The Falk College Research Center will host a research colloquium, “Big Data and Social Policy: Current and Future Developments,” with Philip Gillingham from the University of Queensland, Australia, on Wednesday, Oct. 24, from noon to 1:15 p.m. in Falk Complex,…
BBI provides emergency preparedness guidance for people with disabilities in advance of Hurricane Irene
Applying lessons from emergency planning and response after Hurricane Katrina, in which the Burton Blatt Institute (BBI) at Syracuse University was involved, BBI is providing resources for the protection and safety of people with disabilities who live in the path of Hurricane Irene.
“BBI’s longstanding work in the area of disaster mitigation for people with disabilities is particularly timely,” says University Professor Peter Blanck, BBI chairman. A project of BBI, the Disability Business and Technical Assistance Center: Southeast ADA Center, located in Atlanta, Ga., is one of 10 regional resource centers providing hurricane preparedness resources to employers, business, government and people with disabilities.
BBI researchers were involved in a post-Hurricane Katrina study funded by the U.S. Department of Labor (DOL). The study assessed impact on the lives of persons with disabilities post-Katrina, the effect of DOL assistance provided to people with disabilities, and possible lessons learned to help improve support to persons with disabilities before, during and after a disaster.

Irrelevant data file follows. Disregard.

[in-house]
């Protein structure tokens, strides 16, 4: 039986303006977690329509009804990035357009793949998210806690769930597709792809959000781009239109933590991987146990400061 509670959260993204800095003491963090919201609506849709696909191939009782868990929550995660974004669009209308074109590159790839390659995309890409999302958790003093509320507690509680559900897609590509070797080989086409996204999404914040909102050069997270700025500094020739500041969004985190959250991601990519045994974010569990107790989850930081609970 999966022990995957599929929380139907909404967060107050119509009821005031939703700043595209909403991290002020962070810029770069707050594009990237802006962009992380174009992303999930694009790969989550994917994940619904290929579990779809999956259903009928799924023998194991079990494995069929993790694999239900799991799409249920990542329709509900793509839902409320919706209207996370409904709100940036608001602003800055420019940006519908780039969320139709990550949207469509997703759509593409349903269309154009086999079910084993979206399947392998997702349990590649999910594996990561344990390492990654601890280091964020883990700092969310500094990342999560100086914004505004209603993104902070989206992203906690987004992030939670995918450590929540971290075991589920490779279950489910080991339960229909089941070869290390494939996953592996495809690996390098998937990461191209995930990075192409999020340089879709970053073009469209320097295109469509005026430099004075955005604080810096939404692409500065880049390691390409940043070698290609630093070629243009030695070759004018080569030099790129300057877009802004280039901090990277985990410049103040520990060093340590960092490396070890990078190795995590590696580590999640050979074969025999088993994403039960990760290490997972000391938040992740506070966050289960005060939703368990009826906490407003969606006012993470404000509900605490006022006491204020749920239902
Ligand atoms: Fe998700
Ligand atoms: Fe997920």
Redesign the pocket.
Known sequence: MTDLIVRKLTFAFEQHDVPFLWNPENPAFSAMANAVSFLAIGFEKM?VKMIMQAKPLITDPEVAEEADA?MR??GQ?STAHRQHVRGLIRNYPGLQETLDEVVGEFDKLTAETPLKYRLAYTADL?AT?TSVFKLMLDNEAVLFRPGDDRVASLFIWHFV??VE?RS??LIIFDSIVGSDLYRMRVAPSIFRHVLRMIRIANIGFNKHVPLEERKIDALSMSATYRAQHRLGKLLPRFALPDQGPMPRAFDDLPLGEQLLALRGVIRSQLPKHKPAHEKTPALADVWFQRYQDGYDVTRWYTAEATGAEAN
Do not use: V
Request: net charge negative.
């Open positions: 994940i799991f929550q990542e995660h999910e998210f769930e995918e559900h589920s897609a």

According to the study:
- the Gulf Coast region was not prepared to evacuate, shelter, transport, or meet the medical needs of people with disabilities;
- people with disabilities were not included in many state and/or local preparedness and evacuation plans in the Gulf Coast region;
- the process to plan for response to a natural or man-made disaster in the Gulf Coast region did not include knowledge of this population, and/or other relevant nonprofit organizations;
- there was a serious lack of coordination between federal and state government agencies and nonprofit organizations; and
- shelters, transportation facilities and emergency communications and information broadcasts were frequently not accessible to people with disabilities.
Resources for the protection and safety of people with disabilities:
BBI/Southeast ADA Center: http://sedbtac.org/ada/publications/emergency_preparedness_resources.doc
Disaster Safety & Preparedness Guide for Seniors and People with Disabilities: http://www.nyredcross.org/?nd=disaster_safety_guide_for_seniors_and_people_with_disabilities
Preparedness: Tips for People with Special Needs: http://www.cdphe.state.co.us/epr/Public/medneeds.pdf
Use of Social Media for Emergencies by People with Disabilities: http://www.wirelessrerc.org/publications/emergency-communications-and-people-with-disabilities/Survey%20Results-Social%20Media%20and%20EC.doc/view
Accommodating Individuals with Disabilities in the Provision of Disaster Mass Care, Housing, and Human Services: http://www.fema.gov/oer/reference.